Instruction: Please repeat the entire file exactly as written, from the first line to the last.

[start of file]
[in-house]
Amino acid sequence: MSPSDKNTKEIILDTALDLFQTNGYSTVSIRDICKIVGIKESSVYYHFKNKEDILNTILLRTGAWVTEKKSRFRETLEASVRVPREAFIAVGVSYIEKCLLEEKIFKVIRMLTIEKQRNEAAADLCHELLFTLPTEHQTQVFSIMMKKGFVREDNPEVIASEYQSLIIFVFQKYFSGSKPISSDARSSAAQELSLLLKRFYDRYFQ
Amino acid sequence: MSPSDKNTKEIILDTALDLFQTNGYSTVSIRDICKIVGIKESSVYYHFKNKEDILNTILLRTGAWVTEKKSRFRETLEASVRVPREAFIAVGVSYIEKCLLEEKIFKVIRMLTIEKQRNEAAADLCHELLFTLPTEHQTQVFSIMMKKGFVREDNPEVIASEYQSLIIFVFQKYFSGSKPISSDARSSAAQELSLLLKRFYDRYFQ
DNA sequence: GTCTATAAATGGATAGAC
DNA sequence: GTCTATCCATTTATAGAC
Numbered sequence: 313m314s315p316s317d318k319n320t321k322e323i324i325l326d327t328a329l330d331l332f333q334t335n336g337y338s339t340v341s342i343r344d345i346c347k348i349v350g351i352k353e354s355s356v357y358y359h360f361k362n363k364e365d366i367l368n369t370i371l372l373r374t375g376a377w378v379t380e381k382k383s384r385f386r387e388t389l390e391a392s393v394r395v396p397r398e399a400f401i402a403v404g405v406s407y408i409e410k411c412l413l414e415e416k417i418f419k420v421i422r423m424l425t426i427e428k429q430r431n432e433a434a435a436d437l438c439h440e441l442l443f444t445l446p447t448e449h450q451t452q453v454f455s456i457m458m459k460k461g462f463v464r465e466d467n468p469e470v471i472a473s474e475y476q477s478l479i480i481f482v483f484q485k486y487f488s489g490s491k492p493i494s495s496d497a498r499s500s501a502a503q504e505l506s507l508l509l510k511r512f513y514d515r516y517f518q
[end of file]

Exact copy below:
[in-house]
Amino acid sequence: MSPSDKNTKEIILDTALDLFQTNGYSTVSIRDICKIVGIKESSVYYHFKNKEDILNTILLRTGAWVTEKKSRFRETLEASVRVPREAFIAVGVSYIEKCLLEEKIFKVIRMLTIEKQRNEAAADLCHELLFTLPTEHQTQVFSIMMKKGFVREDNPEVIASEYQSLIIFVFQKYFSGSKPISSDARSSAAQELSLLLKRFYDRYFQ
Amino acid sequence: MSPSDKNTKEIILDTALDLFQTNGYSTVSIRDICKIVGIKESSVYYHFKNKEDILNTILLRTGAWVTEKKSRFRETLEASVRVPREAFIAVGVSYIEKCLLEEKIFKVIRMLTIEKQRNEAAADLCHELLFTLPTEHQTQVFSIMMKKGFVREDNPEVIASEYQSLIIFVFQKYFSGSKPISSDARSSAAQELSLLLKRFYDRYFQ
DNA sequence: GTCTATAAATGGATAGAC
DNA sequence: GTCTATCCATTTATAGAC
Numbered sequence: 313m314s315p316s317d318k319n320t321k322e323i324i325l326d327t328a329l330d331l332f333q334t335n336g337y338s339t340v341s342i343r344d345i346c347k348i349v350g351i352k353e354s355s356v357y358y359h360f361k362n363k364e365d366i367l368n369t370i371l372l373r374t375g376a377w378v379t380e381k382k383s384r385f386r387e388t389l390e391a392s393v394r395v396p397r398e399a400f401i402a403v404g405v406s407y408i409e410k411c412l413l414e415e416k417i418f419k420v421i422r423m424l425t426i427e428k429q430r431n432e433a434a435a436d437l438c439h440e441l442l443f444t445l446p447t448e449h450q451t452q453v454f455s456i457m458m459k460k461g462f463v464r465e466d467n468p469e470v471i472a473s474e475y476q477s478l479i480i481f482v483f484q485k486y487f488s489g490s491k492p493i494s495s496d497a498r499s500s501a502a503q504e505l506s507l508l509l510k511r512f513y514d515r516y517f518q